The Financial Accounting Standards Board said it is taking a different approach than the International Accounting Standards Board in the impairment of financial instruments after a joint meeting Wednesday that ended in outspoken disagreement.
Like what you see? Click here to sign up for Accounting Today's daily newsletter to get the latest news and behind the scenes commentary you won't find anywhere else.
FASB noted that in the outreach it had conducted with various constituents and stakeholder groups, including U.S. regulators, they had expressed problems with the "expected loss" impairment approach previously agreed to by the boards. At the conclusion of the meeting, IASB chairman Hans Hoogervorst told FASB chair Leslie Seidman that he was worried the entire effort might unravel after three years of work and three separate attempts to get the standards right.
"If you go to your constituents with the message of “we’re so unsure, so unsure,” you’re going to get a lot more additional confusion, I am sure," he said. "I would also like to say that if this is going to unravel, I find it for us as standard setters, not just us, but also for you, I think it is deeply embarrassing, that in three efforts, in which we have looked at at least 10 alternatives in which we have left no stone unturned, after three years we’re still not able to come up with an answer. I would really find that unacceptable so I would really hope that when your staff does this outreach, that they do it with an attitude of getting things fixed and not to let it unravel."
The financial instruments project is one of the priority convergence projects for the two boards, and until Wednesday's meeting they appeared to be making progress, even though a final standard has been repeatedly delayed. The two boards announced last month that they had resolved a separate disagreement over the leasing standards, another priority project for the two boards (see FASB and IASB Resolve Disagreement over Lease Expenses). Wednesday’s meeting exposed another rift between the two boards, less than a week after the Securities and Exchange Commission issued a final staff report on International Financial Reporting Standards that seemed to throw into doubt the prospects for the SEC ever voting to support IFRS (see SEC Releases Staff Report on IFRS Work Plan and SEC Vote on IFRS Now Seems Pointless).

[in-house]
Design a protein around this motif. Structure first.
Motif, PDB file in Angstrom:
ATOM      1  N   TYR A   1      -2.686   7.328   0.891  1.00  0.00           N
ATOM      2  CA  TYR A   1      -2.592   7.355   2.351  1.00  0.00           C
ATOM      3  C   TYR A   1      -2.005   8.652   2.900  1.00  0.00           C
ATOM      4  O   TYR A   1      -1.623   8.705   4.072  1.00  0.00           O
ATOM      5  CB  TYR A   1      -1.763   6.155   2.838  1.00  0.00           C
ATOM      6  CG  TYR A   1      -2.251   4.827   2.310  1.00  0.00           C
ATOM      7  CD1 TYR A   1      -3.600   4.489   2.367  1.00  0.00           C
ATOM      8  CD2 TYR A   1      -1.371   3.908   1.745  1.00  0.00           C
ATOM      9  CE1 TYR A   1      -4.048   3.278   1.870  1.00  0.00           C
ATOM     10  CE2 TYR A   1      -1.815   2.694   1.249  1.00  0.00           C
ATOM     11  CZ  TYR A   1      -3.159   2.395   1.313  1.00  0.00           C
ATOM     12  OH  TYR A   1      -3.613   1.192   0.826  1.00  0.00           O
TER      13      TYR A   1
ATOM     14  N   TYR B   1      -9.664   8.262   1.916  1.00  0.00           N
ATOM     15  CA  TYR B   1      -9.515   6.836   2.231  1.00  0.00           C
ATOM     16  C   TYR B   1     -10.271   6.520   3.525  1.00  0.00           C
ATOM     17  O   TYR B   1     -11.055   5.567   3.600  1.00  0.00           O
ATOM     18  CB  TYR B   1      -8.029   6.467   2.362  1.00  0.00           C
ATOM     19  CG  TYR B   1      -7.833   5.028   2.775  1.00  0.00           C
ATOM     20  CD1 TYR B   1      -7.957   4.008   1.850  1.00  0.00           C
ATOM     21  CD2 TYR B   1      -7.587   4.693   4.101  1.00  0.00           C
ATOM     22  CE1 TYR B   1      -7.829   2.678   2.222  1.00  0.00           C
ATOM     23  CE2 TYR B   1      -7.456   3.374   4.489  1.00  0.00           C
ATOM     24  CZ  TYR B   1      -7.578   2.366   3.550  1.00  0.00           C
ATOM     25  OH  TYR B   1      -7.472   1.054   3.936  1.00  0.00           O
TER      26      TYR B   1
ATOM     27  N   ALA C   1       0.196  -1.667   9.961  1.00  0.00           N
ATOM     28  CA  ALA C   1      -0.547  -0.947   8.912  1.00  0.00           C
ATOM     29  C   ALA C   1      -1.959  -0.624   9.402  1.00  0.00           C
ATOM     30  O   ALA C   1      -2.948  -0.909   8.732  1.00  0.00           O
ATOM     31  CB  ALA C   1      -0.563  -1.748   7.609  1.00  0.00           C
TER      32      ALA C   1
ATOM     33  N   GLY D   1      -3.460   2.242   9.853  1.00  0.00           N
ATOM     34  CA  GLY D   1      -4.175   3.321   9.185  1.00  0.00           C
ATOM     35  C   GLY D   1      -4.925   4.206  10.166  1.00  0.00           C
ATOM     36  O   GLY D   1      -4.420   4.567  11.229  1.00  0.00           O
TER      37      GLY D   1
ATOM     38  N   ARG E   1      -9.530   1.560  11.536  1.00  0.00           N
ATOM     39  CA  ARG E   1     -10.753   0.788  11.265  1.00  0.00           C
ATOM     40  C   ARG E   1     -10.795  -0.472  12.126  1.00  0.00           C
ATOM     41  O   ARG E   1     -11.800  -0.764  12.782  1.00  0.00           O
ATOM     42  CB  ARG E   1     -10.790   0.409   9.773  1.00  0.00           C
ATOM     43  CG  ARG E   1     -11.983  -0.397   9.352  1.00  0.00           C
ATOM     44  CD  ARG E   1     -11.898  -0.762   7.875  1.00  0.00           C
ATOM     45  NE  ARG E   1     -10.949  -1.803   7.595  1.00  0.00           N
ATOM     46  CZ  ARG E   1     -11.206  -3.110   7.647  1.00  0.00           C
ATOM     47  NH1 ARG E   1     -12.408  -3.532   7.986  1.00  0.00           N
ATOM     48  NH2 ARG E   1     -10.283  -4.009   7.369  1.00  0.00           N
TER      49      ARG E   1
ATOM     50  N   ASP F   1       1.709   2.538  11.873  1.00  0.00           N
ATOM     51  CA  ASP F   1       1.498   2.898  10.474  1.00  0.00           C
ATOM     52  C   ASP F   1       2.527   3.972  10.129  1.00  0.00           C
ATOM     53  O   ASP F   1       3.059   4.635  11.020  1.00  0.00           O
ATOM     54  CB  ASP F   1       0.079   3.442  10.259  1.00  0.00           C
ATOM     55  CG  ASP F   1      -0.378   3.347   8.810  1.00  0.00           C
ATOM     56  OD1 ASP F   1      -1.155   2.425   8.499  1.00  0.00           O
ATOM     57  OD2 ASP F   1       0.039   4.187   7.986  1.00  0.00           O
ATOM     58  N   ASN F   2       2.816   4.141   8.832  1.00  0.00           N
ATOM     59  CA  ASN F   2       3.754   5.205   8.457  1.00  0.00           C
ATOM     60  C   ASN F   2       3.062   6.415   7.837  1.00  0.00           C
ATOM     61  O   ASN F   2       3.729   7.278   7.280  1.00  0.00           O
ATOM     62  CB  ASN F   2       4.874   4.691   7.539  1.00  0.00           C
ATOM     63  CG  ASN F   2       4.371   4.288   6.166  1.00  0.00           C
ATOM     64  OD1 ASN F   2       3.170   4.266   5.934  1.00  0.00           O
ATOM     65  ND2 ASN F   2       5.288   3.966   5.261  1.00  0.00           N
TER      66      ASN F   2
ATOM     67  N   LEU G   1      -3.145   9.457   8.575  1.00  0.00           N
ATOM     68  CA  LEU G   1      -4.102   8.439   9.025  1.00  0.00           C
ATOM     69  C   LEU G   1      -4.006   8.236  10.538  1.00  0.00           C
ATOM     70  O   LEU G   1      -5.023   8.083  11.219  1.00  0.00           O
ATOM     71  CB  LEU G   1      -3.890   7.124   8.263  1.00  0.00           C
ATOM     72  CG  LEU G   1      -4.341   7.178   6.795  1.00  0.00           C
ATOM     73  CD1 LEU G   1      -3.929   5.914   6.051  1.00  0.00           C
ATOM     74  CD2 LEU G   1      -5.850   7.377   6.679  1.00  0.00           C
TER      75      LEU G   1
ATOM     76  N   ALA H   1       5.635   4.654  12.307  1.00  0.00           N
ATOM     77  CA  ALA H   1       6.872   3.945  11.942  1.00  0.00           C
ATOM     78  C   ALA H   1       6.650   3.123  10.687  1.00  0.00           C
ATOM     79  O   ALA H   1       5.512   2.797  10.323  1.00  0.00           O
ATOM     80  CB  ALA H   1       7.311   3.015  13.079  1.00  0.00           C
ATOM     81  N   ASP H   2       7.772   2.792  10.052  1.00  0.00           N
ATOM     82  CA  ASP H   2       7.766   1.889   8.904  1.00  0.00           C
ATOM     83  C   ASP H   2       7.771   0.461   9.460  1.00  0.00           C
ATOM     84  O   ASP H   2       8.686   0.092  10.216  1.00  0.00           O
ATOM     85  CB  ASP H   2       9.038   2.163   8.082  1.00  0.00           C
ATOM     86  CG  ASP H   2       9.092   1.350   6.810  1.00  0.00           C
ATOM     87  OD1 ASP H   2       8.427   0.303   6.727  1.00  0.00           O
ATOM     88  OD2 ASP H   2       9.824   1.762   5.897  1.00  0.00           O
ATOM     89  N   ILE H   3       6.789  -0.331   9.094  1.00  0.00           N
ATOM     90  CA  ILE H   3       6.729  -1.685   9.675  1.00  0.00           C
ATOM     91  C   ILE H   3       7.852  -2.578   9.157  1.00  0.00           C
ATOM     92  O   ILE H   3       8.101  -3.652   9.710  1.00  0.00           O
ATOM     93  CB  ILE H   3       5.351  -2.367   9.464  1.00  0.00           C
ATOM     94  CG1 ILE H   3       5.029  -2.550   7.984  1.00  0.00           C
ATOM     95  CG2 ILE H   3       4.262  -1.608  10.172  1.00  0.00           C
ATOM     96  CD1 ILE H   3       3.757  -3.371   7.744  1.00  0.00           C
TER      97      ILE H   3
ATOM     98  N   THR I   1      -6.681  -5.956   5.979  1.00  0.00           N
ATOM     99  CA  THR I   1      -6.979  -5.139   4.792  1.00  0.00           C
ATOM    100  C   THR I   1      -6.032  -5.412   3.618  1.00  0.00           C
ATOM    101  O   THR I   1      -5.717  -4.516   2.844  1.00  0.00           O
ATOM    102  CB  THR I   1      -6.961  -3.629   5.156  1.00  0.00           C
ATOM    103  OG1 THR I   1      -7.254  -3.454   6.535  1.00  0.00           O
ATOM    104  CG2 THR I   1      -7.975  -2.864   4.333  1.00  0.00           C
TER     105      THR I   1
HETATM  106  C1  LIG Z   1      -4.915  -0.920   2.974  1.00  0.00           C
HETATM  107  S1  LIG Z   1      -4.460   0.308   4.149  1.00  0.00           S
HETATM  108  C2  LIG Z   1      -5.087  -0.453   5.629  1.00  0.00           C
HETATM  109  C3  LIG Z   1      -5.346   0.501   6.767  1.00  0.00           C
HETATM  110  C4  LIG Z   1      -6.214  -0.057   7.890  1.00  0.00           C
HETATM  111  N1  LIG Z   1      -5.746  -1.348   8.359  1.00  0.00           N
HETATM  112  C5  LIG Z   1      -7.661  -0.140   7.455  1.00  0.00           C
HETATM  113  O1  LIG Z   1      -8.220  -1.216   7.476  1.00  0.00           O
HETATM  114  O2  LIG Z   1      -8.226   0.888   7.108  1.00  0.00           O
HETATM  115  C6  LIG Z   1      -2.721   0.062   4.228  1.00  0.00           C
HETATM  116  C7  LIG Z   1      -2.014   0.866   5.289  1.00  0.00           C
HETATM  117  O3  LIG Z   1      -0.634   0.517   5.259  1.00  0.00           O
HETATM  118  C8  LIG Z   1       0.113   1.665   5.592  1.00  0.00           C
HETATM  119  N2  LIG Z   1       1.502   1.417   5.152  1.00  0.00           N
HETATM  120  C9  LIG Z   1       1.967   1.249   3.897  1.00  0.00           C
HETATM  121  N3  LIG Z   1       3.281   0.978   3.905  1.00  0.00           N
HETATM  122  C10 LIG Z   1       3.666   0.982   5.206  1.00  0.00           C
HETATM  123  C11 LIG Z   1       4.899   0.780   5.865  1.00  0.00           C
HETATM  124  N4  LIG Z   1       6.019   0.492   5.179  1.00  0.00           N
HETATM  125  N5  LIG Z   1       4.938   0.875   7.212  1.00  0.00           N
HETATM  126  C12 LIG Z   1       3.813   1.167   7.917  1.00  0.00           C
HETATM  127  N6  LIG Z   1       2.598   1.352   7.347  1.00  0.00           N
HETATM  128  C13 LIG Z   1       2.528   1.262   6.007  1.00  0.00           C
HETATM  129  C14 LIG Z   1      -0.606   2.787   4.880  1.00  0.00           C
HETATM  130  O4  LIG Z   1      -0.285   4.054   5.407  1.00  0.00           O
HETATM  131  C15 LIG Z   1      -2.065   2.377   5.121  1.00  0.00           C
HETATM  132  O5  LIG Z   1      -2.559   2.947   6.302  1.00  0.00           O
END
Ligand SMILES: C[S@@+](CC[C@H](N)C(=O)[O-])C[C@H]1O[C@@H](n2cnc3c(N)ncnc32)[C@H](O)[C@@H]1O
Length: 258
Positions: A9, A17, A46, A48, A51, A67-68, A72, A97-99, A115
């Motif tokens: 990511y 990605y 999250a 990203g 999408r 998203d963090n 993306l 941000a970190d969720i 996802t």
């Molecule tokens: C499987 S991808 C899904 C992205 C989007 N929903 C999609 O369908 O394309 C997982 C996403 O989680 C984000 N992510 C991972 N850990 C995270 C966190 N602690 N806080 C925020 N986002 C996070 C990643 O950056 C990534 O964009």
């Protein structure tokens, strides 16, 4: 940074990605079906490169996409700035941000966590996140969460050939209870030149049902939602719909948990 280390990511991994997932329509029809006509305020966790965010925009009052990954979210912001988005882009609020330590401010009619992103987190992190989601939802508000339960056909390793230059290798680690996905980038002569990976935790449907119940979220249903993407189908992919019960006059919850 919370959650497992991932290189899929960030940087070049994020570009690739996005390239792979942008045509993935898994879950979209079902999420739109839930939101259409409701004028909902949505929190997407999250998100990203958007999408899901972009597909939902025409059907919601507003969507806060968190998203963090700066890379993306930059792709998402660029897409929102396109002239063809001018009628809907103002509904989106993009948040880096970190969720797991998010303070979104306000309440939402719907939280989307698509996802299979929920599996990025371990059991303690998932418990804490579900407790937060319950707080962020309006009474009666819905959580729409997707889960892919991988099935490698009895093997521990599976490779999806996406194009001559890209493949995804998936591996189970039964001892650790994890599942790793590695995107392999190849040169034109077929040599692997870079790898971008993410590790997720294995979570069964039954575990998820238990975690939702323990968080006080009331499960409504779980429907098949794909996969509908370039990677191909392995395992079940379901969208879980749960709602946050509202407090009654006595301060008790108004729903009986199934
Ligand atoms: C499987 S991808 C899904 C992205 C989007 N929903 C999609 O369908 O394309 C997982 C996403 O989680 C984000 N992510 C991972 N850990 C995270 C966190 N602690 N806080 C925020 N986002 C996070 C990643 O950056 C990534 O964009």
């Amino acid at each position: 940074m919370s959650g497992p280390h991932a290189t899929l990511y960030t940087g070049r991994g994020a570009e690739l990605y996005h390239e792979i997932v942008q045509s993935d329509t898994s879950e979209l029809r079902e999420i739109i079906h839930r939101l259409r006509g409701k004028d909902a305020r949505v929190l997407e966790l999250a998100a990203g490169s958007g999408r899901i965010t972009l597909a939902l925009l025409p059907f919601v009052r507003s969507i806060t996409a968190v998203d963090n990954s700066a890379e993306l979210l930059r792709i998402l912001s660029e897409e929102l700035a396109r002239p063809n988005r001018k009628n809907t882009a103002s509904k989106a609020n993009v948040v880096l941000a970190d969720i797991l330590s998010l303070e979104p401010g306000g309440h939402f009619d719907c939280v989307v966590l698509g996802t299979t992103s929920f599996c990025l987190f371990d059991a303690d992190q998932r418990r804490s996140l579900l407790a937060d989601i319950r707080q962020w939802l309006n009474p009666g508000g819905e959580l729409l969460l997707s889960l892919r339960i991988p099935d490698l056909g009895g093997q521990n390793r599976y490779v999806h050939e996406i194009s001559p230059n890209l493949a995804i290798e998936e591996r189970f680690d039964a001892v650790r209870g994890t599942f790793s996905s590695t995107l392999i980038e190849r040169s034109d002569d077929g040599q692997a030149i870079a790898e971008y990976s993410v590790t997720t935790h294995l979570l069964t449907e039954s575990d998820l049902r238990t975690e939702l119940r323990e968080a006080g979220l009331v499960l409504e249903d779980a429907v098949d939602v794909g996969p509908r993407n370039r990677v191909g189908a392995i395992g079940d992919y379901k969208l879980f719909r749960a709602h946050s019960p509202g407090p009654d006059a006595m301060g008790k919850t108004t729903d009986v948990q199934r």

The objective of the financial instruments project is to develop a credit impairment model for loans and other financial assets held by reporting organizations, including banks, other financial institutions, and public and private companies.
Previously, the boards had agreed on a so-called “expected loss” approach, which would track the deterioration of the credit risk of loans and other financial assets in three “buckets” of severity (see IASB Sees Expected Loss Model Coming for Impairment). Under this model, organizations would assign to “Bucket 1” financial assets that have not yet demonstrated deterioration in credit quality. “Bucket 2” and “Bucket 3” would be assigned financial assets that have demonstrated significant deterioration since their acquisition.